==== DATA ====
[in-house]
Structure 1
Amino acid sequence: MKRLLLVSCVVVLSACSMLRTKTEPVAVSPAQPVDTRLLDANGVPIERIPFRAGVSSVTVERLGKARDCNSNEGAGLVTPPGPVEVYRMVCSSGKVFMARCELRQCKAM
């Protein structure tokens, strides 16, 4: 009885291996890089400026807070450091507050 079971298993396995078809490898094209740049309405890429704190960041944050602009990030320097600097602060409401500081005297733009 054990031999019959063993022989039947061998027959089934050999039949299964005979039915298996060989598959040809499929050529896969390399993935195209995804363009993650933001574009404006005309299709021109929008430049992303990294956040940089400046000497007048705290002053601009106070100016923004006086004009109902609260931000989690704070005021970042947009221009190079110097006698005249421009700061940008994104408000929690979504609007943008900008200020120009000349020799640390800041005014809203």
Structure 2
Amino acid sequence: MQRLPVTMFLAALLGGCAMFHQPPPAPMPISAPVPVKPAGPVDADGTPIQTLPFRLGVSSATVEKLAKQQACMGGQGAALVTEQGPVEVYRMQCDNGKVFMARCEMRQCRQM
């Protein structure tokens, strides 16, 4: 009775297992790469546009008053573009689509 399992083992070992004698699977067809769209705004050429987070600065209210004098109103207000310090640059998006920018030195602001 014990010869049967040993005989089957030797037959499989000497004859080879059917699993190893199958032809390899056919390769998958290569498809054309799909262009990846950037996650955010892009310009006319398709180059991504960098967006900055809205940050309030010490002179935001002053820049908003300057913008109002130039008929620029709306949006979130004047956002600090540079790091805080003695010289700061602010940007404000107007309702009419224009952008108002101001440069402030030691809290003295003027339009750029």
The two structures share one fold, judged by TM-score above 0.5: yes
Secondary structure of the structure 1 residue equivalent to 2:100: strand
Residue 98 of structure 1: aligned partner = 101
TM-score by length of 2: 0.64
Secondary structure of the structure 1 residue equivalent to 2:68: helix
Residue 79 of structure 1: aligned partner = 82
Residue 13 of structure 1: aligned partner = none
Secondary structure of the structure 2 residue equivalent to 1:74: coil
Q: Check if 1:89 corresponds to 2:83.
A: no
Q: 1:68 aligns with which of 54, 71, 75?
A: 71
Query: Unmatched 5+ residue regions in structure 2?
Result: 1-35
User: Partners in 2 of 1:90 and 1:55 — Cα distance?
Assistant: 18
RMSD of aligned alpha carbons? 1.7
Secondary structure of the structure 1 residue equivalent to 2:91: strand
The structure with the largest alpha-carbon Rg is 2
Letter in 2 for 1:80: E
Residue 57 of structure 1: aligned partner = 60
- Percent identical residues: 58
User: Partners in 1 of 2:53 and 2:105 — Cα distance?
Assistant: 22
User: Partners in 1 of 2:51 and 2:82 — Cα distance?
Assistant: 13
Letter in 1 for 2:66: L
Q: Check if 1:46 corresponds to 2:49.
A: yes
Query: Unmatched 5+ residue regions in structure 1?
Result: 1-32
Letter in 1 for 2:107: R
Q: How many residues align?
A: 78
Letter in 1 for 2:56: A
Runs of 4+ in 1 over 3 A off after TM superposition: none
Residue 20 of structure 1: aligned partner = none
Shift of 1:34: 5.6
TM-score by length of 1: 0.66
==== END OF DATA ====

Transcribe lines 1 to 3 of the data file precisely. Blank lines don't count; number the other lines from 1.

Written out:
[in-house]
Structure 1
Amino acid sequence: MKRLLLVSCVVVLSACSMLRTKTEPVAVSPAQPVDTRLLDANGVPIERIPFRAGVSSVTVERLGKARDCNSNEGAGLVTPPGPVEVYRMVCSSGKVFMARCELRQCKAM